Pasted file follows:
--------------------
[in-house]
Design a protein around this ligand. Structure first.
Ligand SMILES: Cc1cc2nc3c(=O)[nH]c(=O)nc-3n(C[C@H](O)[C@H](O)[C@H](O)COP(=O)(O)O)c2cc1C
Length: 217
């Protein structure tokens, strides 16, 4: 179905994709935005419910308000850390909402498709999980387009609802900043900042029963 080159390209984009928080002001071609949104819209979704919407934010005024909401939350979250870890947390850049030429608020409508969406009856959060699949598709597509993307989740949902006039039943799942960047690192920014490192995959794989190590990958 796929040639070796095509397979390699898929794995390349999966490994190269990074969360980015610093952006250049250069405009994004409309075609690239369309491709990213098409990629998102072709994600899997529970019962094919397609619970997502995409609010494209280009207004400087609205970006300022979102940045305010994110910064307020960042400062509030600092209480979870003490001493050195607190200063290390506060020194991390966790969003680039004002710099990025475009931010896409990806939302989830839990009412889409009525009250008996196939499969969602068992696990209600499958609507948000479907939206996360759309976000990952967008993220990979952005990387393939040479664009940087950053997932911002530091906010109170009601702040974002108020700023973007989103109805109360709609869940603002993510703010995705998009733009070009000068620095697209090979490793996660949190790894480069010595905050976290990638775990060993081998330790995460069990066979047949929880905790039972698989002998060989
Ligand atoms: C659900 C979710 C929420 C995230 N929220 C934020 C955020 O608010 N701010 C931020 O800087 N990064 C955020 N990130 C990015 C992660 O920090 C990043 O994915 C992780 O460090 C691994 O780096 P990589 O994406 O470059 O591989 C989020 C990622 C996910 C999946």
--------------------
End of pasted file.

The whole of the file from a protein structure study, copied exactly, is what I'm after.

[in-house]
Design a protein around this ligand. Structure first.
Ligand SMILES: Cc1cc2nc3c(=O)[nH]c(=O)nc-3n(C[C@H](O)[C@H](O)[C@H](O)COP(=O)(O)O)c2cc1C
Length: 217
């Protein structure tokens, strides 16, 4: 179905994709935005419910308000850390909402498709999980387009609802900043900042029963 080159390209984009928080002001071609949104819209979704919407934010005024909401939350979250870890947390850049030429608020409508969406009856959060699949598709597509993307989740949902006039039943799942960047690192920014490192995959794989190590990958 796929040639070796095509397979390699898929794995390349999966490994190269990074969360980015610093952006250049250069405009994004409309075609690239369309491709990213098409990629998102072709994600899997529970019962094919397609619970997502995409609010494209280009207004400087609205970006300022979102940045305010994110910064307020960042400062509030600092209480979870003490001493050195607190200063290390506060020194991390966790969003680039004002710099990025475009931010896409990806939302989830839990009412889409009525009250008996196939499969969602068992696990209600499958609507948000479907939206996360759309976000990952967008993220990979952005990387393939040479664009940087950053997932911002530091906010109170009601702040974002108020700023973007989103109805109360709609869940603002993510703010995705998009733009070009000068620095697209090979490793996660949190790894480069010595905050976290990638775990060993081998330790995460069990066979047949929880905790039972698989002998060989
Ligand atoms: C659900 C979710 C929420 C995230 N929220 C934020 C955020 O608010 N701010 C931020 O800087 N990064 C955020 N990130 C990015 C992660 O920090 C990043 O994915 C992780 O460090 C691994 O780096 P990589 O994406 O470059 O591989 C989020 C990622 C996910 C999946």